to Avoiding Foundation Movement
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fear foundation repair, however few are aware of the simple steps they
can take to eliminate the risk or minimize foundation movement.
There are four subjects about which all homeowners should be concerned
when it come to avoiding movement of slab foundations.
on any photo for a larger view.
homeowners should be concerned about plumbing. When leaks
occur, large amounts of water can be discharged into the soils under
the foundation. As the soils absorb the water, they can swell
causing upheaval of the foundation. The water supply to a
home is metered and a review of one's monthly billing will show
the increase in water usage should a pressure line be leaking.
No special precautions need to be taken to detect leaking pressure
water lines. However there is no immediate or little evidence
with a sewer line fails. Sewer lines can cause significant
damage to foundations when leaks occur. PVC sewer lines can
leak; however fewer leaks occur because most are relatively under
25 years old. Cast iron sewer lines have a life span of 25
to 35 years. Iron sewer lines tend to rust out. As holes
increase in size, the more water they discharge under the foundation,
causing noticeable sheetrock cracks in the walls and ceiling.
Static pressure tests are a good way to identify leaking sewer lines.
A reputable plumber can perform this test for approximately $250.
of the foundation can help minimize foundation movement year round.
The secret is the proper amount of water at the proper time in order
to keep the soils from shrinking in the summer months and over expanding
in the cooler, rainier months. Because foundations rest on
top of many feet of soil, it can take an extreme amount of water
typically to stabilize a home. A soaker hose placed about
12 inches out from the foundation or a drip irrigation system should
be sufficient. Since you can only see the surface of the ground,
it can be difficult to determine the amount of water that is enough.
A plumber's probe works best in checking the depth to which the
water has gone. Simply insert the probe into the soil; when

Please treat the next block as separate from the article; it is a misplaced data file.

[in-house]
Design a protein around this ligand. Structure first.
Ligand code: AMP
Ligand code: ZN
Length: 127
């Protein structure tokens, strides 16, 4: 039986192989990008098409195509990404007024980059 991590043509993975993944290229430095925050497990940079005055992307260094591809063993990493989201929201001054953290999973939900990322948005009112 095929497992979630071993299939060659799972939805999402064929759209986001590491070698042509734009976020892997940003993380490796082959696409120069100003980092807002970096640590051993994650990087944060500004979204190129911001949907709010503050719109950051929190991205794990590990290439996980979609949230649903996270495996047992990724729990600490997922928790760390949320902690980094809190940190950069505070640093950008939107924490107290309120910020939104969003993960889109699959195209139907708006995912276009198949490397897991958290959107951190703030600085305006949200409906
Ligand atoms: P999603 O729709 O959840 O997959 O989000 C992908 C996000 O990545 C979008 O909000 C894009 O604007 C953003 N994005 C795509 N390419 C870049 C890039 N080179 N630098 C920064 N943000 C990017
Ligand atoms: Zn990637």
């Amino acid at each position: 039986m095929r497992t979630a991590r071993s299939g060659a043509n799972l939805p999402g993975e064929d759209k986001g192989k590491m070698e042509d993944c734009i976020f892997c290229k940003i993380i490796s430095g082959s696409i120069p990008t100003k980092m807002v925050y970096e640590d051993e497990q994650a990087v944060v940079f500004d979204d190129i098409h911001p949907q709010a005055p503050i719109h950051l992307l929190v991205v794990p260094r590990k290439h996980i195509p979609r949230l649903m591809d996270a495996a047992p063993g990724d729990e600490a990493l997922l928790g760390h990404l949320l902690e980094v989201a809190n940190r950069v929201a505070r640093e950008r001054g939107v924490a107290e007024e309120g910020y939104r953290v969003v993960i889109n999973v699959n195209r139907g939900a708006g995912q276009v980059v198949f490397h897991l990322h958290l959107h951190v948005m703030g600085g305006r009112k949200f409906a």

you can push it in 2 to 4 feet, then there is probably enough water
in the soil. If the probe slides into the ground with little
pressure, then you probably need to cut back on the amount of time
you are watering that area. Remember, not all areas around
your home will need the same amount of water so be sure to test
drainage is a must for all homes' foundation. A good way to
tell if you have proper drainage is to check 30 minutes after a
good rain; if there is no water standing within 10 feet of the home,
then the drainage is adequate. If water stands in pools or
puddles against the sides of the foundation or paved areas, then
there is concern that a correction may be in order.
have a major impact on the performance of the foundation.
The more plants you have, the more you have to water. Remember
different plant types can affect the foundation in different ways.
Larger plants require more water, and can affect foundations in
different areas. Trees use about 150 gallons of water per
day for every 12 inches of diameter (that's over 20 cubic feet
of water per day). Trees can have roots extending 1 1/2
times the height of the tree extending far back under a foundation.
As a result, sometimes this causes the center or edge of a foundation
to settle. In order to minimize water consumption, trees
should be at least 20 feet from the foundation. When mature
trees have an effect on a foundation, Root
Barriers are recommended. Root Barriers can be installed
within 3 feet of the foundation and should be at least 3 feet
deep in order to prevent or arrest interior foundation settlement.
Shrubs that are next to a foundation should be kept at a maximum
height of 3 feet and a distance of 2 feet from the foundation.
of flowers can trap water against the sides of the foundation.
When installing or maintaining landscaping, it is important to
make sure there is proper adequate drainage.
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